First flower from Iris 'Clarence' -- in November!
"Like the opposable thumb and language, emotions are tools for survival,
forged and refined over hundreds of thousands of years of evolution to
protect and ensure that humans can thrive. They do this by providing two
things: information and preparation." --"How to use Anxiety to your Advantage"
Emotions as evolutionary tools developed for survival, rather than as problems: a way of looking at emotions I've never considered.
Love of plants, happiness at the sight of them--something that evolved over hundreds of thousands of years. According to science, an emotion that helps us survive. How exactly does that work?
Love for, and happiness about, a plant's food potential--sure. But what about love of their beauty? Happiness at the thought of their existence? The joy of seeing them and watching them grow?
Every time I see a beautiful plant--either in my garden or anywhere--I'm instantly happy.
New growth on Podocarpus elongatus 'Icee Blue': happy to see you!
A mature specimen of Podocarpus elongatus at the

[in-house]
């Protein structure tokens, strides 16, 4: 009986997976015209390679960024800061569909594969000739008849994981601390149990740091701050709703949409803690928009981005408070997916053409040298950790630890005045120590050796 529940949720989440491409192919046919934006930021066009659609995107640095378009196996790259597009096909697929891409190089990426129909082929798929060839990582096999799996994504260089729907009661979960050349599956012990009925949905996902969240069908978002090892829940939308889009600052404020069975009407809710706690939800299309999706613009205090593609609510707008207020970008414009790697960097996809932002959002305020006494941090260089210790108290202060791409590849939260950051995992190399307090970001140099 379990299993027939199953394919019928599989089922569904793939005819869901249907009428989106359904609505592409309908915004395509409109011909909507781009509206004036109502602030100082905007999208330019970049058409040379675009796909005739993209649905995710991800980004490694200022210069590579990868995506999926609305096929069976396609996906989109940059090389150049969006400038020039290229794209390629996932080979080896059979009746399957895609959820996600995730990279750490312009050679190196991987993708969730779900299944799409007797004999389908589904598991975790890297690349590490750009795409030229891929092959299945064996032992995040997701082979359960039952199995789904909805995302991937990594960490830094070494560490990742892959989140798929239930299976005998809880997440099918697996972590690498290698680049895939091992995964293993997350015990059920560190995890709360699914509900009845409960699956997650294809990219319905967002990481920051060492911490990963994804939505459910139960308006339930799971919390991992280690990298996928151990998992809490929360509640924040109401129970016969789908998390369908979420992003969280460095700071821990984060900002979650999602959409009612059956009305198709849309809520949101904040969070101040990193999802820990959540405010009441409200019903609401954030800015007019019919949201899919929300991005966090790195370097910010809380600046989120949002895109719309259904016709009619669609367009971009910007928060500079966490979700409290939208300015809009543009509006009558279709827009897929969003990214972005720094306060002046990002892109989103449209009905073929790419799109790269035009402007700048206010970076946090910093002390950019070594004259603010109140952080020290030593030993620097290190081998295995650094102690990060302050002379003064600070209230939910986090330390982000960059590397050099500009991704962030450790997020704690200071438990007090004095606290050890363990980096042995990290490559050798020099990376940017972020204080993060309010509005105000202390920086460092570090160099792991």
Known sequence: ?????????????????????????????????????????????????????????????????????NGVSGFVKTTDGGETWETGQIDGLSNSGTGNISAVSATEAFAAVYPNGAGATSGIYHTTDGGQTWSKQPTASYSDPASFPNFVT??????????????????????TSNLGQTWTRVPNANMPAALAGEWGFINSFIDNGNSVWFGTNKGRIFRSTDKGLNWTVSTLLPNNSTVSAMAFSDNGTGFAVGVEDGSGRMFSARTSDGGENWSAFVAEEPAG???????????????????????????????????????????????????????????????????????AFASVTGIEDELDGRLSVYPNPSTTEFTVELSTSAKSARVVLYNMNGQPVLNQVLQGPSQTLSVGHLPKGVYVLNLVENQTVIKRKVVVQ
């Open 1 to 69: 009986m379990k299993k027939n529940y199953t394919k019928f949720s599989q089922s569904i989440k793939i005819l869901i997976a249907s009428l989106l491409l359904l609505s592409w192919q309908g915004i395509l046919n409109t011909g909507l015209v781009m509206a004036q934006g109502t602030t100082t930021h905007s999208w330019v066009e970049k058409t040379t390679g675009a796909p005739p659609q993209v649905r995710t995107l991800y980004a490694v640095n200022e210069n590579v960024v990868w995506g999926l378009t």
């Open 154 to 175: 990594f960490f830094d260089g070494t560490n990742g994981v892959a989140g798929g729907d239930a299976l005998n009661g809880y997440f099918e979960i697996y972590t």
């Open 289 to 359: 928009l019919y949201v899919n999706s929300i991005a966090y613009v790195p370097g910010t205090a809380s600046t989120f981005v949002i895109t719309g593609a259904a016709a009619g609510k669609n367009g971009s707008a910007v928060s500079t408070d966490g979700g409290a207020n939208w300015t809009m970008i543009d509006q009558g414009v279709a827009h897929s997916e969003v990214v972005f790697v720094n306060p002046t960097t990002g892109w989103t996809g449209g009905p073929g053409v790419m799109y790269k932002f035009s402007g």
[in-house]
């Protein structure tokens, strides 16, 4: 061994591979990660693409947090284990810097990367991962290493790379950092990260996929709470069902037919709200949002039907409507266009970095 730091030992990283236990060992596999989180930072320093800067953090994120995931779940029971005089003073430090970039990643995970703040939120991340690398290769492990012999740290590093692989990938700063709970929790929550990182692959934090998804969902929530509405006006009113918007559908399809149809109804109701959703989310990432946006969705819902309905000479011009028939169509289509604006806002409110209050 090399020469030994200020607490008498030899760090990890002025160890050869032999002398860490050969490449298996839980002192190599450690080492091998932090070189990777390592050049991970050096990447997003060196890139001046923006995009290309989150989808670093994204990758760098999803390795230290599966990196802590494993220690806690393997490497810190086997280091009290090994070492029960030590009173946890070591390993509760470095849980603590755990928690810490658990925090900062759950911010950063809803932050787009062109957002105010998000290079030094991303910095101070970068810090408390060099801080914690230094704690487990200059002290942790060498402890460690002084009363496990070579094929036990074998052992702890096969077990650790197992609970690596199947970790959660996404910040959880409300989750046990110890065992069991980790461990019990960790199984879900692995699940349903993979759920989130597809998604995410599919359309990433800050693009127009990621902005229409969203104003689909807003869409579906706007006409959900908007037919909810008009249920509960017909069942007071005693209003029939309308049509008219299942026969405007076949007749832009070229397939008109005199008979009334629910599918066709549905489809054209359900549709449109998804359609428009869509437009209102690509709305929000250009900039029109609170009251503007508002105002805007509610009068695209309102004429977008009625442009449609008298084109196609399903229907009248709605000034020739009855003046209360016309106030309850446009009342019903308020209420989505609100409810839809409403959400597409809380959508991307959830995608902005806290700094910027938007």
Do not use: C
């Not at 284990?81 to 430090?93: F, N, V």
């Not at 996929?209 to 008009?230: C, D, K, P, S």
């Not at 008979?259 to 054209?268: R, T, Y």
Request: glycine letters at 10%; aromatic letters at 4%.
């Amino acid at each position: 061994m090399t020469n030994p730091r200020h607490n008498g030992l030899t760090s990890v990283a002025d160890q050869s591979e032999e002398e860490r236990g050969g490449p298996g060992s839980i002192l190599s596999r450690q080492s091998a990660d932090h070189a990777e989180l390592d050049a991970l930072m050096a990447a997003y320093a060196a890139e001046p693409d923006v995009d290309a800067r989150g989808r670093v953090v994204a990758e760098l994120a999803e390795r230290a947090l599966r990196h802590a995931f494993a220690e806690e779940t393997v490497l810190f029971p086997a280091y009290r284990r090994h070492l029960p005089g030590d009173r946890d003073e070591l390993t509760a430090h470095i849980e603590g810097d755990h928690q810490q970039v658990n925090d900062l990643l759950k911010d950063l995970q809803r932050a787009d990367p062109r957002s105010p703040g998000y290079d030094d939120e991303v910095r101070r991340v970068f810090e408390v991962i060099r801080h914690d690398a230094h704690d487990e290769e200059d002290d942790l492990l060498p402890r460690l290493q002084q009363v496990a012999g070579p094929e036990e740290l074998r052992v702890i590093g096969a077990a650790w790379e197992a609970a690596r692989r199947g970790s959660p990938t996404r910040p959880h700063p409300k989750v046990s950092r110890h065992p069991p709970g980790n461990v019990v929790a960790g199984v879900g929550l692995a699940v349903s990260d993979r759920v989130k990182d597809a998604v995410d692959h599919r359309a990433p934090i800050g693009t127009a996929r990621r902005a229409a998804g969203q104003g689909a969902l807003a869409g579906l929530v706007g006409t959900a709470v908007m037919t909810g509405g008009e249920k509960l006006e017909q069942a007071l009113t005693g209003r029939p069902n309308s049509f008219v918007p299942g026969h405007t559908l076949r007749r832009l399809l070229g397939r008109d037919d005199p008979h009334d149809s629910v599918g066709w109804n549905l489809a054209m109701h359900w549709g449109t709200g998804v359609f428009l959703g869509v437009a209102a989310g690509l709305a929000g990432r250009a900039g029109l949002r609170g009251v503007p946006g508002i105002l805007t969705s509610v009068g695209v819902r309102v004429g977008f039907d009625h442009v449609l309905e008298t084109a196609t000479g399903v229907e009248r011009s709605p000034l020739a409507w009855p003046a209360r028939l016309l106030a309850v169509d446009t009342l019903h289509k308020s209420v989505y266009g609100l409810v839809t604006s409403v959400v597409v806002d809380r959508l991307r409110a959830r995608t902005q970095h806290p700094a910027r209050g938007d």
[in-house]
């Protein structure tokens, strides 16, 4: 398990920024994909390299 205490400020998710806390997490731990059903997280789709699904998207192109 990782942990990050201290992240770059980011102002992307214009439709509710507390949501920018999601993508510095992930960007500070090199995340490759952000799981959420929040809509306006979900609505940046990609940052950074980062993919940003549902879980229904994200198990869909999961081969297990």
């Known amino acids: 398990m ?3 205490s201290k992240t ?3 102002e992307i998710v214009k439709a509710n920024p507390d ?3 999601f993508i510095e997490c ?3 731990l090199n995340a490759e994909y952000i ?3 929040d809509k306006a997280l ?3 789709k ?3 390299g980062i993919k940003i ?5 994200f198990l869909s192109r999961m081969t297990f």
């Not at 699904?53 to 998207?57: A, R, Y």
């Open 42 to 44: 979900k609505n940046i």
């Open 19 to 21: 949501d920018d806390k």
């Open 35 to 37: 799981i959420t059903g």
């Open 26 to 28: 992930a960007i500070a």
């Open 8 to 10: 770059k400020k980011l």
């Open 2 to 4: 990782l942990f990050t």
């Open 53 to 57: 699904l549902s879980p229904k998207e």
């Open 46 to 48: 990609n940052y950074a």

Pretoria National Botanic Garden in South Africa. Photo by "JMK":
Photo by Commons.wikimedia.org User "JMK"
Wow. What a thrill of a tree. Some creature might think it merely delicious. For plant lovers, something more. The thought of a little tree I planted potentially being someday a glorious mature specimen makes me happy.
Does happiness contribute to survival? Perhaps a happy person is a stronger, more resilient person better able to survive.
Mmm...this reminds me of lemon cake...
Or maybe plants just look edible, even when they are not.
This past week, not an overly productive week in the garden. Dental emergency (resolved). Covid-booster side effects endured (not fun, but better than Covid). Then I fell injuring my wrist and had to go get x-rayed (nothing broken, it's recovering). The green waste bins got emptied of Pittosporum choppings, and then filled again with more. One more week should get rid of the rest.
Nice surprise: down in the back gully, Lagerstroemia 'Cherry Mocha's foliage suddenly colored up. The coldest air that settles in low places in hilly areas did it.